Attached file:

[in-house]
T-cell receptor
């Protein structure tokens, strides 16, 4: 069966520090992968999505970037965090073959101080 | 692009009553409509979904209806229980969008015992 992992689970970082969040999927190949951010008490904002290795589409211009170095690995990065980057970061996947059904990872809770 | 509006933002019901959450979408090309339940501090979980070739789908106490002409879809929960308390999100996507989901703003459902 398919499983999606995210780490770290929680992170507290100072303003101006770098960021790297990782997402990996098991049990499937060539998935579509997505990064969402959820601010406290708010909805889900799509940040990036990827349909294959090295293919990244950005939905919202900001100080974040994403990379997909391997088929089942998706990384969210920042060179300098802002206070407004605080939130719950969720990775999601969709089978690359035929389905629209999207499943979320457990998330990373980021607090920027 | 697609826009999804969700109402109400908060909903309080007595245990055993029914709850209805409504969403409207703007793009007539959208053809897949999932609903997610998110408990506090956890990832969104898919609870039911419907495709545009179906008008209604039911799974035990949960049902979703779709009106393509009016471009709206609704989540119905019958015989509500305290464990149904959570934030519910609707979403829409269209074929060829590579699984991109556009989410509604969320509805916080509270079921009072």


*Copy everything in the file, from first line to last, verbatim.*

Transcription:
[in-house]
T-cell receptor
């Protein structure tokens, strides 16, 4: 069966520090992968999505970037965090073959101080 | 692009009553409509979904209806229980969008015992 992992689970970082969040999927190949951010008490904002290795589409211009170095690995990065980057970061996947059904990872809770 | 509006933002019901959450979408090309339940501090979980070739789908106490002409879809929960308390999100996507989901703003459902 398919499983999606995210780490770290929680992170507290100072303003101006770098960021790297990782997402990996098991049990499937060539998935579509997505990064969402959820601010406290708010909805889900799509940040990036990827349909294959090295293919990244950005939905919202900001100080974040994403990379997909391997088929089942998706990384969210920042060179300098802002206070407004605080939130719950969720990775999601969709089978690359035929389905629209999207499943979320457990998330990373980021607090920027 | 697609826009999804969700109402109400908060909903309080007595245990055993029914709850209805409504969403409207703007793009007539959208053809897949999932609903997610998110408990506090956890990832969104898919609870039911419907495709545009179906008008209604039911799974035990949960049902979703779709009106393509009016471009709206609704989540119905019958015989509500305290464990149904959570934030519910609707979403829409269209074929060829590579699984991109556009989410509604969320509805916080509270079921009072």